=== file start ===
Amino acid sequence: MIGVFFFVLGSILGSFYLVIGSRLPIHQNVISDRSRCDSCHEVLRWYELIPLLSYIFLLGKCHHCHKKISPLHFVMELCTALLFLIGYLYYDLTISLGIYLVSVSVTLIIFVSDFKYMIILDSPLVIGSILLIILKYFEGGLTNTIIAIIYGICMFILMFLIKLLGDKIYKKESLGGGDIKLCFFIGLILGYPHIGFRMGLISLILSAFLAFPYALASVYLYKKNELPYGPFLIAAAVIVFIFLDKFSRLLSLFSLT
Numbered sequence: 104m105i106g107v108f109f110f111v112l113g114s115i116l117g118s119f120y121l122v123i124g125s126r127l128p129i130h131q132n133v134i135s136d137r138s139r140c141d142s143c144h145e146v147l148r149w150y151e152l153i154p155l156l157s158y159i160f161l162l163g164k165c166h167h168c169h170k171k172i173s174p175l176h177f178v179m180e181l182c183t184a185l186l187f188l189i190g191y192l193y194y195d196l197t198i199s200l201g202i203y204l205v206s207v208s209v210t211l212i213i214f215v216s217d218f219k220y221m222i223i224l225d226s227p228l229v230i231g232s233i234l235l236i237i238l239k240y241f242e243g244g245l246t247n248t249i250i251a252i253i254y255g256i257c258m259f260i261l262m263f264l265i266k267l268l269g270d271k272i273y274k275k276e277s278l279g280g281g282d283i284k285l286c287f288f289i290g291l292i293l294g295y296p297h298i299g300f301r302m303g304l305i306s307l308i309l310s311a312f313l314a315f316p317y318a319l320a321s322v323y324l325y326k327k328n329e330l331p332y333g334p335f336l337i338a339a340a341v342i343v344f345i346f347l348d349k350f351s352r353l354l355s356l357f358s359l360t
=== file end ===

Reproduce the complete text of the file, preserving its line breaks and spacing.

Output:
Amino acid sequence: MIGVFFFVLGSILGSFYLVIGSRLPIHQNVISDRSRCDSCHEVLRWYELIPLLSYIFLLGKCHHCHKKISPLHFVMELCTALLFLIGYLYYDLTISLGIYLVSVSVTLIIFVSDFKYMIILDSPLVIGSILLIILKYFEGGLTNTIIAIIYGICMFILMFLIKLLGDKIYKKESLGGGDIKLCFFIGLILGYPHIGFRMGLISLILSAFLAFPYALASVYLYKKNELPYGPFLIAAAVIVFIFLDKFSRLLSLFSLT
Numbered sequence: 104m105i106g107v108f109f110f111v112l113g114s115i116l117g118s119f120y121l122v123i124g125s126r127l128p129i130h131q132n133v134i135s136d137r138s139r140c141d142s143c144h145e146v147l148r149w150y151e152l153i154p155l156l157s158y159i160f161l162l163g164k165c166h167h168c169h170k171k172i173s174p175l176h177f178v179m180e181l182c183t184a185l186l187f188l189i190g191y192l193y194y195d196l197t198i199s200l201g202i203y204l205v206s207v208s209v210t211l212i213i214f215v216s217d218f219k220y221m222i223i224l225d226s227p228l229v230i231g232s233i234l235l236i237i238l239k240y241f242e243g244g245l246t247n248t249i250i251a252i253i254y255g256i257c258m259f260i261l262m263f264l265i266k267l268l269g270d271k272i273y274k275k276e277s278l279g280g281g282d283i284k285l286c287f288f289i290g291l292i293l294g295y296p297h298i299g300f301r302m303g304l305i306s307l308i309l310s311a312f313l314a315f316p317y318a319l320a321s322v323y324l325y326k327k328n329e330l331p332y333g334p335f336l337i338a339a340a341v342i343v344f345i346f347l348d349k350f351s352r353l354l355s356l357f358s359l360t